The whole purpose of social media is to be social, which includes sharing information and opinions (in a mature and civil manner, too). Millions of people write blogs, as do I, but sometimes you come across a blog that just says something so clearly and succinctly that you want to copy it. Or in this case, reblog it.
I found this short and sweet blog on ActiveRain recently by Janice Ankrett of Janice Ankrett Home Staging – (http://activerain.com/blogsview/1760608/staging-helps-you-move-on-with-your-life) – a clear and simple message on one of the many important reasons why home owners should stage their homes. I couldn’t have said it better, so I’m reblogging it.
Reblogging does more than share one person’s opinion or idea. It also shares the comments that others have made, which at times can be more interesting and more informative than the original post, much like a good conversation.
Short and Sweet This Week
All the best,
THE COUNTRY’S BEST REAL ESTATE BLOGS
Zillow just announced the people’s choice best real estate blogs.
If you run a blog or are thinking of starting one, we suggest you take a look at these winners. We clicked through most of them and there is a very apparent commonality among the winners. Most focus on extreme, hyper-local blogging.
Hyper-local blogging is the best way to stake your claim on a community in the key word search arena. It is virtually impossible to penetrate Googles top pages for “Northern Virginia Real Estate.” The brokerages have that space monopolized. But, by focusing on hyper-local areas, such as individual communities, post office names, school distrcts, etc, you can achieve high placement in Google and other search enginges.
Hyper-local blogging does take some time, but once you find news sources, you can consistently come up with fresh content. Home owners association web pages, local news papers, Google alerts for your chosen areas, even community Facebook pages are all great sources of hyper-local blogging topics.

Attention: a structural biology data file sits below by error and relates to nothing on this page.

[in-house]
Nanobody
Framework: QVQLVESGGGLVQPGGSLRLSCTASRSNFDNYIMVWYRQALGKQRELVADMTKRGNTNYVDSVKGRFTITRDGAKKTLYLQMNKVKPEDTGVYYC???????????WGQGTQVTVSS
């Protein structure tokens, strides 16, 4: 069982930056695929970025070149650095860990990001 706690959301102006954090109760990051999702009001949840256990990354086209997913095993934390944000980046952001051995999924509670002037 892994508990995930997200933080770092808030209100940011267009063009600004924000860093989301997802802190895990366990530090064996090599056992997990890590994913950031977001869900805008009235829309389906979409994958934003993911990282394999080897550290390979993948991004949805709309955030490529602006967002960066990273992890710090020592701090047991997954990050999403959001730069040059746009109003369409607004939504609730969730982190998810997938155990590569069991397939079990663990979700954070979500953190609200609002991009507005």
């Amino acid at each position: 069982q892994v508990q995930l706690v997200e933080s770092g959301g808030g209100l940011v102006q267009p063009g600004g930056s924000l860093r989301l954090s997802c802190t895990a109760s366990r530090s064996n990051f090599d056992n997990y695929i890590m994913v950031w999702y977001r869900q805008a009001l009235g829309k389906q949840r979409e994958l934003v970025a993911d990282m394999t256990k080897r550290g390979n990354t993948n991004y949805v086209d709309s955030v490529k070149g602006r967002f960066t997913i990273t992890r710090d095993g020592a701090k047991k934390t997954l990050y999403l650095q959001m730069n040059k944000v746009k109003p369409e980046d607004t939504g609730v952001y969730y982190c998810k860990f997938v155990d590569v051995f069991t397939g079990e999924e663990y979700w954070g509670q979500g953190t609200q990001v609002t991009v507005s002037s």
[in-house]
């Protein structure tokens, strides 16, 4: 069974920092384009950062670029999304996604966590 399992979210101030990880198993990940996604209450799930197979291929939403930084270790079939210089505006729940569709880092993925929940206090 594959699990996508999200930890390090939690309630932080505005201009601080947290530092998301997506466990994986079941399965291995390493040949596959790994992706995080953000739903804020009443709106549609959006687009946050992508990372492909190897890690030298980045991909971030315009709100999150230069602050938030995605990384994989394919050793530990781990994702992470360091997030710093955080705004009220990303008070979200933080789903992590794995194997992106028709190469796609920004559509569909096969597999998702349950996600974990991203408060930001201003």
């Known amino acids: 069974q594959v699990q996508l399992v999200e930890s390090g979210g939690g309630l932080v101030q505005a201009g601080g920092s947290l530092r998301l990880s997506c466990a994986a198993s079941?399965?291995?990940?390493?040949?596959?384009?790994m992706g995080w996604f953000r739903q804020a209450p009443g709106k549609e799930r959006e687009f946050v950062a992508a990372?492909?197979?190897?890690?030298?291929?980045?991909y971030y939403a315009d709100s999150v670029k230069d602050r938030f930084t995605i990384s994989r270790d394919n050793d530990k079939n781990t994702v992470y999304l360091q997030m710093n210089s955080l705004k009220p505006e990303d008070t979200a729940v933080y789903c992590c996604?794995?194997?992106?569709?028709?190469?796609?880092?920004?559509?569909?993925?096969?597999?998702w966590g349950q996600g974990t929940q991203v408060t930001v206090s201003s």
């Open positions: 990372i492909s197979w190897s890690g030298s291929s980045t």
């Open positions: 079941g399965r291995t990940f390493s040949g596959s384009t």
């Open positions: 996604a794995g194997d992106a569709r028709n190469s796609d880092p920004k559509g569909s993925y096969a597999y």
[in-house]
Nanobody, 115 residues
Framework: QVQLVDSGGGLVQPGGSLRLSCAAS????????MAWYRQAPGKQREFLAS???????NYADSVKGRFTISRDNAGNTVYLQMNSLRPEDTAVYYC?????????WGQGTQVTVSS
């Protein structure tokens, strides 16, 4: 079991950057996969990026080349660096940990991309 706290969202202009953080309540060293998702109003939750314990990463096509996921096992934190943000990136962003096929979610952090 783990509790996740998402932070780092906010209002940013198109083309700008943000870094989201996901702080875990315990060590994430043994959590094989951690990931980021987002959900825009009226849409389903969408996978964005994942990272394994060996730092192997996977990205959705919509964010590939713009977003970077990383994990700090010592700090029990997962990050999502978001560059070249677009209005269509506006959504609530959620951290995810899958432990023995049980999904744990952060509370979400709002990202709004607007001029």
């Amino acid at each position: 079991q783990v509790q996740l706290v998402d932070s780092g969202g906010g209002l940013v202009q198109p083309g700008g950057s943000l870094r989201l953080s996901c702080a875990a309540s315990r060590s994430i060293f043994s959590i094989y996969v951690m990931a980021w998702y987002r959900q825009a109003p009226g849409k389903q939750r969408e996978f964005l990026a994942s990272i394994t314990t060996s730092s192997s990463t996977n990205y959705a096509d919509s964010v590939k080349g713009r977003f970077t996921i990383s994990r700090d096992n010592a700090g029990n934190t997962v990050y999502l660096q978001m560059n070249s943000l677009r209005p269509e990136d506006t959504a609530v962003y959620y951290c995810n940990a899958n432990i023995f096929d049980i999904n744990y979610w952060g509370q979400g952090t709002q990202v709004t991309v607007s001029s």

The most efficient way to take on a local market is to find these resources, bookmark them, then review the bookmarked pages weekly, identifying potential topics to write about over the course of the week.
It take time, but eventually, you can establish yourself as the dominant web location for news about a particular area. That crebibility will lead to more business.
All the best,
the art of home preparation
Early Spring Clean Up
We completed several stagings this month. We intend to feature each one, as is our practice. Our photos are backed-up in editing, so I thought I would write this edition’s blog about the fast approaching spring selling season.
Well, Punxsutawney Phil is not due to make an appearance for a few more weeks. Hopefully, you have noticed an uptick in traffic to your listings. Some of your sellers maybe caught off guard by the early traffic. Here’s what you can tell your clients to do to improve the odds of selling their home soon.
First, suggest they fertilize their lawn. If their lawn is the greener than the neighbors, that will have a positive emotional impact when potential buyers pull up to the property. Follow the instructions carefully so as not to damage the lawn.